Top Down Thinking for Teachers
I've come to the conclusion that the best ideas come with a glass of wine! The idea for this particular blog occurred over dinner with a former colleague. My friend told me about an important project she is developing at work. The project manager's urgent desire to agree a budget and timeline is pitted against my friend’s determination to understand the scope of the project before making any strategic commitments.
This immediately brought to mind the theory of Top Down Thinking that I was taught in my previous career in a management consultancy. And as I discussed it with my friend (fully supporting her approach over that of the PM, of course) I found myself likening the situation to teaching piano.
The theory of Top Down Thinking is based on the following SCQA steps:
All too often, an answer is presented without a full understanding of the question, or indeed, what has prompted the question in the first place. This is known as Bottom Up Thinking and it rarely produces the ‘right’ answer. It's a common phenomenon and we, as piano teachers, are not above reproach. I’m sure we’ve all done it: we know the answer; we know how the piece of music should sound, we know the rhythmic patterns, we know the melodic shape, we know the tempo, the articulation, the dynamics. But the teacher knowing the answer does not help the student to reach the answer independently, nor does it help them - or us - to understand the problem, recognise it next time they see it and respond accordingly.
Let's take a simple musical example;
In a particular piece of music, we know how the tune goes and our student is not playing it correctly. The short answer is to play all the Bs as B-flats. However, for deeper, longer lasting learning we need to think from the Top Down:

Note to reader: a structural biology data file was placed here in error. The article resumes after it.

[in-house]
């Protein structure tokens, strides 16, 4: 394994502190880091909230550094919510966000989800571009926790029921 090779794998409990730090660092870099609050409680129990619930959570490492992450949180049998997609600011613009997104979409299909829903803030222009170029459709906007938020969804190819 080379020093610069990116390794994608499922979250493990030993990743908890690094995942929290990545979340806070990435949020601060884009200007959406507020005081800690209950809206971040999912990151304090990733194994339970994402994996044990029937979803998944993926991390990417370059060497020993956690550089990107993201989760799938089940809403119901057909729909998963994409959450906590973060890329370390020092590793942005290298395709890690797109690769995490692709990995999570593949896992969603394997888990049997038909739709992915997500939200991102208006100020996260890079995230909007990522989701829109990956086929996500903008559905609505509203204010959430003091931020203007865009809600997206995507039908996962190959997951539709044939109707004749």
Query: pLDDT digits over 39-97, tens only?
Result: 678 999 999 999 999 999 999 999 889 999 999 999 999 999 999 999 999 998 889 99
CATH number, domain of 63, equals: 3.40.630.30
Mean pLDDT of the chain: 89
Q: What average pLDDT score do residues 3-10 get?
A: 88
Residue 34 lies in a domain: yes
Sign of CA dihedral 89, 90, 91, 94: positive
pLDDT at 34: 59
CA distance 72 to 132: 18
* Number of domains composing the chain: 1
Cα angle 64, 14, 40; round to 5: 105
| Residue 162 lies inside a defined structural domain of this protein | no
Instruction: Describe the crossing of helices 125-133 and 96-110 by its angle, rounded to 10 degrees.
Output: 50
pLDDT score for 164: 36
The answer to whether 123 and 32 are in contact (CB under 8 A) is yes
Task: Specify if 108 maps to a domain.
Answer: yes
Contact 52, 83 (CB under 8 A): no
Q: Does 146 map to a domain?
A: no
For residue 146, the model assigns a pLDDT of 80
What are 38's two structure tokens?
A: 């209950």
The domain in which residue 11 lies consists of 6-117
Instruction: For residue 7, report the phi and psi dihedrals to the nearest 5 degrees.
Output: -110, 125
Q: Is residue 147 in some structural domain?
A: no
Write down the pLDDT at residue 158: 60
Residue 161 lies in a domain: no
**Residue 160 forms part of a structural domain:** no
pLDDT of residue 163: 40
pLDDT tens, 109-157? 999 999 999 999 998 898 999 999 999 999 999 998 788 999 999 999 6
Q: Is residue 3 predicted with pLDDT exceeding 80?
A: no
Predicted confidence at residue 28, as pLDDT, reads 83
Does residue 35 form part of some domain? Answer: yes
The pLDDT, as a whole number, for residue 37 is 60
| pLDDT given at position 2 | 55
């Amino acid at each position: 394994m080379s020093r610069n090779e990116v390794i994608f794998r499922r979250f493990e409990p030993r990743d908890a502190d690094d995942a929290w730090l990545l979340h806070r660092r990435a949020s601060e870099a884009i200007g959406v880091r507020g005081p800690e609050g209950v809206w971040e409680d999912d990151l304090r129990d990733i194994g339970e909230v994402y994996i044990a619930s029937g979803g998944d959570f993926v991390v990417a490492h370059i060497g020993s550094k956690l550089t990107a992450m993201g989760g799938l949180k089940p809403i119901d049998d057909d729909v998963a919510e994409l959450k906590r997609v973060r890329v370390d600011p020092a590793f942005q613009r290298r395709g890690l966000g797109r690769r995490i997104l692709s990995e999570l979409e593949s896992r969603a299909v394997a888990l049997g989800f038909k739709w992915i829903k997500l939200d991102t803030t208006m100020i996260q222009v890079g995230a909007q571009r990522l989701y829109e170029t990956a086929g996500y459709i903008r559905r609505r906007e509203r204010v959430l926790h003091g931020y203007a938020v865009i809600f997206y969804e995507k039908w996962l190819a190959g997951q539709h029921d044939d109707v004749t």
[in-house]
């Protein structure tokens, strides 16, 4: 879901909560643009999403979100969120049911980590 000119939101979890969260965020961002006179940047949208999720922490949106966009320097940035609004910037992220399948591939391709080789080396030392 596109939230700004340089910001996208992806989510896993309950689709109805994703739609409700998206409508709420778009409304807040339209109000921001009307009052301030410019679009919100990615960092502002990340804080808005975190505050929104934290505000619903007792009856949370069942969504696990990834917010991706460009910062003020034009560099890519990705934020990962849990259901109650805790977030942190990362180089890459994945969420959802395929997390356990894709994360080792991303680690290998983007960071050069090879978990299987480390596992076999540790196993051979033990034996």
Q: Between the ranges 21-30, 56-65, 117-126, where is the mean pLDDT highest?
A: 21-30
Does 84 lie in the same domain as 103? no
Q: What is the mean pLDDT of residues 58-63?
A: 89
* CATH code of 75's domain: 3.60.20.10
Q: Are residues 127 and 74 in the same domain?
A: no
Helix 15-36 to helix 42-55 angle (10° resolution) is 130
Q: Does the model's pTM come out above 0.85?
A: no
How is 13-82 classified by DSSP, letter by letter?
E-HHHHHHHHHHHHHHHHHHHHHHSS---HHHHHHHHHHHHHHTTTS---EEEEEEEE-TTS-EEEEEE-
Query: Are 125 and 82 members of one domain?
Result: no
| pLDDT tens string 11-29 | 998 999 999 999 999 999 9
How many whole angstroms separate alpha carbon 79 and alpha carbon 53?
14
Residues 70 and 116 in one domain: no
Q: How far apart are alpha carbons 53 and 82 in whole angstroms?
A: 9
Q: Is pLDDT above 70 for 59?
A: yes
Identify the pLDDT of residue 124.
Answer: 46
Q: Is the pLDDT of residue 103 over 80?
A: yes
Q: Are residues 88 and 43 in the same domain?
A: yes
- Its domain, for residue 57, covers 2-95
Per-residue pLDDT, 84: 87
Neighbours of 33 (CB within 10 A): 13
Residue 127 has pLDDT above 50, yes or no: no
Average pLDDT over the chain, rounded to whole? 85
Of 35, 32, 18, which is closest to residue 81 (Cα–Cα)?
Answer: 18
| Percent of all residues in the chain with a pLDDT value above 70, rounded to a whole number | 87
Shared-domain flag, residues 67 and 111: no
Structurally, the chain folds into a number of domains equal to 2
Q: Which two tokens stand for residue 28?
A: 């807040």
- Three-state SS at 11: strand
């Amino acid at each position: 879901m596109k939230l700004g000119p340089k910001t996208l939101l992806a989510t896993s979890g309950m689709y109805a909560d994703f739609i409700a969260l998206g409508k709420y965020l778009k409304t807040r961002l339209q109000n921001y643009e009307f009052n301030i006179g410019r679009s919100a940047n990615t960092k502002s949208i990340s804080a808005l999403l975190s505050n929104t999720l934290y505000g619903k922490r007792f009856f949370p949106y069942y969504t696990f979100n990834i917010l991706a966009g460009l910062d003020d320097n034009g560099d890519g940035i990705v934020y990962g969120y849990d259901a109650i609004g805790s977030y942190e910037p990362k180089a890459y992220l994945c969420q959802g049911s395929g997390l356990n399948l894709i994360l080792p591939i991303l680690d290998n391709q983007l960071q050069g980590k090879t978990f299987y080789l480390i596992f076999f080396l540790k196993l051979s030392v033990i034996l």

· Situation: there is a Bb in the key signature
· Complication: the student has not noticed the key signature
· Question: can the student notice, identify and respond to the key signature?
· Answer: BEFORE the student starts to play any piece of music (not just this one!) encourage them to check and identify the key signature, play the scale and adjust the hand position accordingly.
And here's another example:
In a different piece, the student is playing with five beats in every second bar instead of four. The short answer is to play the quavers for half the value of the crotchets. However, for deeper, longer lasting learning we need to think from the Top Down:
· Situation: the piece is in 4/4 time with a mixture of crotchets and quavers
· Complication: the student is playing all the notes with equal time value
· Question: can the student notice, identify and respond to the different note values?
· Answer: BEFORE the student starts to play any piece of music (not just this one!) encourage them to count, tap and speak the rhythm.
The role of a piano teacher is not unlike that of a doctor: take the general well-being of the patient (situation), find out what's wrong (complication), make a diagnosis (question), recommend a treatment (answer). We certainly wouldn't turn up to a doctor's appointment expecting the prescription to be pre-written... neither should our students!